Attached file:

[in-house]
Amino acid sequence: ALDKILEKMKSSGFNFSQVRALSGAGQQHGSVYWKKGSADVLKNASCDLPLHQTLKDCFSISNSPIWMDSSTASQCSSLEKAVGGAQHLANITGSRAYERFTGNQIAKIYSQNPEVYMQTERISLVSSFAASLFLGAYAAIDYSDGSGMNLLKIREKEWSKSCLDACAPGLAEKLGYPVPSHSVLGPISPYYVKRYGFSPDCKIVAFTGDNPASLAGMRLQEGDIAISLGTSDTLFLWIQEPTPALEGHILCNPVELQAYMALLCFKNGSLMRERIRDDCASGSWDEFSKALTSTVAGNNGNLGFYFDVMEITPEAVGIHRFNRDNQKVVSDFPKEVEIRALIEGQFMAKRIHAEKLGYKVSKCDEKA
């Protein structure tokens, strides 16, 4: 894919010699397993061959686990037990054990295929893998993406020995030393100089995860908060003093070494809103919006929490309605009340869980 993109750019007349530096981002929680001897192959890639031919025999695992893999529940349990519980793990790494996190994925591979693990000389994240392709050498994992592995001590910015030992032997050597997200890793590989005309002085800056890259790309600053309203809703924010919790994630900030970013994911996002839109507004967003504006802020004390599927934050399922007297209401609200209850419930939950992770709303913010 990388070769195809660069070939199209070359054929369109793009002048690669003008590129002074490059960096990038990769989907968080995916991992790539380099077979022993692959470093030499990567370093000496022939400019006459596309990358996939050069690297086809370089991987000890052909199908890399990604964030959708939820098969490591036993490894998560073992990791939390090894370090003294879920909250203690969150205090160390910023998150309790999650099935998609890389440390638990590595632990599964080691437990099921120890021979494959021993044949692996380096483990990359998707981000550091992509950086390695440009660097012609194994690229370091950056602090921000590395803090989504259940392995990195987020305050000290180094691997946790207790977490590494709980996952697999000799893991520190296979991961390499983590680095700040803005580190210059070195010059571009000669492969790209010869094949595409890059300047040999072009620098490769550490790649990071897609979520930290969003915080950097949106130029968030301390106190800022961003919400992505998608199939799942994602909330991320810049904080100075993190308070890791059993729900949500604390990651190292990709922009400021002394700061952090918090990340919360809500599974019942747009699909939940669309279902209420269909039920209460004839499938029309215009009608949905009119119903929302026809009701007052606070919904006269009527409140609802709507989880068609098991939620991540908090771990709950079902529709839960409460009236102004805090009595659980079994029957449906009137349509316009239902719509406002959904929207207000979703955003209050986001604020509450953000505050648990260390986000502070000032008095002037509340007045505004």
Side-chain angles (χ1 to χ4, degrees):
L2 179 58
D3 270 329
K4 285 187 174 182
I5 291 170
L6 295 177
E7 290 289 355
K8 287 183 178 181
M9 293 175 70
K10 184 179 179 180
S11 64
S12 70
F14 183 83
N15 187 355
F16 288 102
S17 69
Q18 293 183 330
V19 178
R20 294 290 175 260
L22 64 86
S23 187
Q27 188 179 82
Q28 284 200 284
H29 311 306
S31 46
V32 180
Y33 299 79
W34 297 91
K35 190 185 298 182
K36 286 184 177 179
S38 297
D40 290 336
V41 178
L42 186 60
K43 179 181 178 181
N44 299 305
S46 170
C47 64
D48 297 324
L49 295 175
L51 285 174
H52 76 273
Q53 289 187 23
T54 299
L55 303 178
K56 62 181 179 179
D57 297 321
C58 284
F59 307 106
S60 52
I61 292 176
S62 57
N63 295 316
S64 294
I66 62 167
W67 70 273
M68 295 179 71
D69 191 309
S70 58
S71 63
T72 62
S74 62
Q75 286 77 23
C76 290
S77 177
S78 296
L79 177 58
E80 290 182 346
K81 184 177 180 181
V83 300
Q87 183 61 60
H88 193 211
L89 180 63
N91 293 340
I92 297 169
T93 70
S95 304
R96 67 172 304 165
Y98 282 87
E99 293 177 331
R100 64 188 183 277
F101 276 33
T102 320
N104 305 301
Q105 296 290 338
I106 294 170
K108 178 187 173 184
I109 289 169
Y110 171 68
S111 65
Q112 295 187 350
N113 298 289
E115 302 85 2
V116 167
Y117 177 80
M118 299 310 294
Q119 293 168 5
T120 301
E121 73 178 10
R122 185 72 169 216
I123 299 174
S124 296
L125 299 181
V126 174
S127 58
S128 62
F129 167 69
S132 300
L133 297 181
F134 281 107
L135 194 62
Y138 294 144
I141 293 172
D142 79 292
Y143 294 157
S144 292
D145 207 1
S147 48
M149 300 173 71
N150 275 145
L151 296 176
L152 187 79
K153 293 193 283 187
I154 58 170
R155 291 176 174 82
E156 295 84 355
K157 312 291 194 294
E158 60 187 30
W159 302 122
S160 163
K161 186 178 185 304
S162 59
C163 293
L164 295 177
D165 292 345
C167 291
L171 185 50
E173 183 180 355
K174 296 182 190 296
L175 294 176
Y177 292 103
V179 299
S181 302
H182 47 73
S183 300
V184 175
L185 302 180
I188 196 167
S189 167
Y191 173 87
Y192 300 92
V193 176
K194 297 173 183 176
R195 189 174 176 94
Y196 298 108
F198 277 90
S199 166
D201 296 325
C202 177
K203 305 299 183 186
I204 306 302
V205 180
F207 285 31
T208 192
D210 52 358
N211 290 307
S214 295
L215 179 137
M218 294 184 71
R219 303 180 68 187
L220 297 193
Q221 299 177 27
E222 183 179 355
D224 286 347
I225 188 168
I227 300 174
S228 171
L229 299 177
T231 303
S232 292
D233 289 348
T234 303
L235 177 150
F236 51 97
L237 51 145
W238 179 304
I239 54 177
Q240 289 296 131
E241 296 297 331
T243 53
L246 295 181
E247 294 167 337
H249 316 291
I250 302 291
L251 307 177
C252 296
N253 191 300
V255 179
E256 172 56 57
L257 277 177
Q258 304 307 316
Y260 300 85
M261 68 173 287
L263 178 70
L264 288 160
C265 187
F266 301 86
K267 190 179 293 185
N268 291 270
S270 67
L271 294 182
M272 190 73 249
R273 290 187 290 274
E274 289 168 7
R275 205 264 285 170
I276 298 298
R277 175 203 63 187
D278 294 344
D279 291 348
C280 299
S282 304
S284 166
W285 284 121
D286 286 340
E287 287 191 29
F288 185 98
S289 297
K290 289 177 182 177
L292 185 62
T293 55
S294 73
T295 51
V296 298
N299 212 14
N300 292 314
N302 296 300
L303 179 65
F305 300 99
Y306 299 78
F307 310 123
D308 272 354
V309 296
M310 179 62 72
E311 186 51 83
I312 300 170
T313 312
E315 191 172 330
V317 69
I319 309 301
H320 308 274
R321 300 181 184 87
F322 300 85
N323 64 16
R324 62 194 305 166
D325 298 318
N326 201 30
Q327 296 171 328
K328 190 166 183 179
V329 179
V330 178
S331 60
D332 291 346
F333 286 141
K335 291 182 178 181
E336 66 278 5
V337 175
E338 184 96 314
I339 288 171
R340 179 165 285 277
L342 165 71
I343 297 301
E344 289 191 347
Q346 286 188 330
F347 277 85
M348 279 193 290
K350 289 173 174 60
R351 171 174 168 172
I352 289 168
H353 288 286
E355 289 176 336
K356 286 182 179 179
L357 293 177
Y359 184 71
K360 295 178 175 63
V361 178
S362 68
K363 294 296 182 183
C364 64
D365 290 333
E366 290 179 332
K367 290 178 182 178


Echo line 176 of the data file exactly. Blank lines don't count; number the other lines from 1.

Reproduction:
E222 183 179 355